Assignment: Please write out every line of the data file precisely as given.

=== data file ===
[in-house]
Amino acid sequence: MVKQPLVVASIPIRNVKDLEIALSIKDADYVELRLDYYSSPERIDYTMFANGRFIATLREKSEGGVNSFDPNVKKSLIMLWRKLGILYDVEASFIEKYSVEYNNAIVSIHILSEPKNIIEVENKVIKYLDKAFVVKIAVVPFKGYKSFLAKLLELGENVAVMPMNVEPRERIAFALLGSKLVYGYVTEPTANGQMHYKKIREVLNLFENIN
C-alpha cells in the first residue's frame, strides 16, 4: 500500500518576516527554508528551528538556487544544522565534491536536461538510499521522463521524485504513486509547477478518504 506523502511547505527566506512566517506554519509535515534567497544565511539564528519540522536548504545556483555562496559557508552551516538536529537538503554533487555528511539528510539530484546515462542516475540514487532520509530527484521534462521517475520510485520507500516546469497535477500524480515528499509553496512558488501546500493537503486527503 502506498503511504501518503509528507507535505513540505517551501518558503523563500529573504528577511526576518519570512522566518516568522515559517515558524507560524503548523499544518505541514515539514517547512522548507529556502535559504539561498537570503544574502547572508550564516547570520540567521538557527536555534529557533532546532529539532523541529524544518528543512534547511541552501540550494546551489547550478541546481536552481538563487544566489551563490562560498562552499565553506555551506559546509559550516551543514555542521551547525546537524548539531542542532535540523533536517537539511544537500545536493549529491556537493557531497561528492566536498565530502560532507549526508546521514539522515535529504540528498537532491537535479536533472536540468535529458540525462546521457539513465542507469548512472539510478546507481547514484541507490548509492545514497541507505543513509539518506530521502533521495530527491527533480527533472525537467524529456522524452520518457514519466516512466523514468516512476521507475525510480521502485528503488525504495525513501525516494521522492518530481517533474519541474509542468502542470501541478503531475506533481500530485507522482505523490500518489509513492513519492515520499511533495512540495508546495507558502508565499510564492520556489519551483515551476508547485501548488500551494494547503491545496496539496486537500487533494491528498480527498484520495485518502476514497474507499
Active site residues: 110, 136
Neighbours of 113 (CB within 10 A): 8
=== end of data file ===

[in-house]
Amino acid sequence: MVKQPLVVASIPIRNVKDLEIALSIKDADYVELRLDYYSSPERIDYTMFANGRFIATLREKSEGGVNSFDPNVKKSLIMLWRKLGILYDVEASFIEKYSVEYNNAIVSIHILSEPKNIIEVENKVIKYLDKAFVVKIAVVPFKGYKSFLAKLLELGENVAVMPMNVEPRERIAFALLGSKLVYGYVTEPTANGQMHYKKIREVLNLFENIN
C-alpha cells in the first residue's frame, strides 16, 4: 500500500518576516527554508528551528538556487544544522565534491536536461538510499521522463521524485504513486509547477478518504 506523502511547505527566506512566517506554519509535515534567497544565511539564528519540522536548504545556483555562496559557508552551516538536529537538503554533487555528511539528510539530484546515462542516475540514487532520509530527484521534462521517475520510485520507500516546469497535477500524480515528499509553496512558488501546500493537503486527503 502506498503511504501518503509528507507535505513540505517551501518558503523563500529573504528577511526576518519570512522566518516568522515559517515558524507560524503548523499544518505541514515539514517547512522548507529556502535559504539561498537570503544574502547572508550564516547570520540567521538557527536555534529557533532546532529539532523541529524544518528543512534547511541552501540550494546551489547550478541546481536552481538563487544566489551563490562560498562552499565553506555551506559546509559550516551543514555542521551547525546537524548539531542542532535540523533536517537539511544537500545536493549529491556537493557531497561528492566536498565530502560532507549526508546521514539522515535529504540528498537532491537535479536533472536540468535529458540525462546521457539513465542507469548512472539510478546507481547514484541507490548509492545514497541507505543513509539518506530521502533521495530527491527533480527533472525537467524529456522524452520518457514519466516512466523514468516512476521507475525510480521502485528503488525504495525513501525516494521522492518530481517533474519541474509542468502542470501541478503531475506533481500530485507522482505523490500518489509513492513519492515520499511533495512540495508546495507558502508565499510564492520556489519551483515551476508547485501548488500551494494547503491545496496539496486537500487533494491528498480527498484520495485518502476514497474507499
Active site residues: 110, 136
Neighbours of 113 (CB within 10 A): 8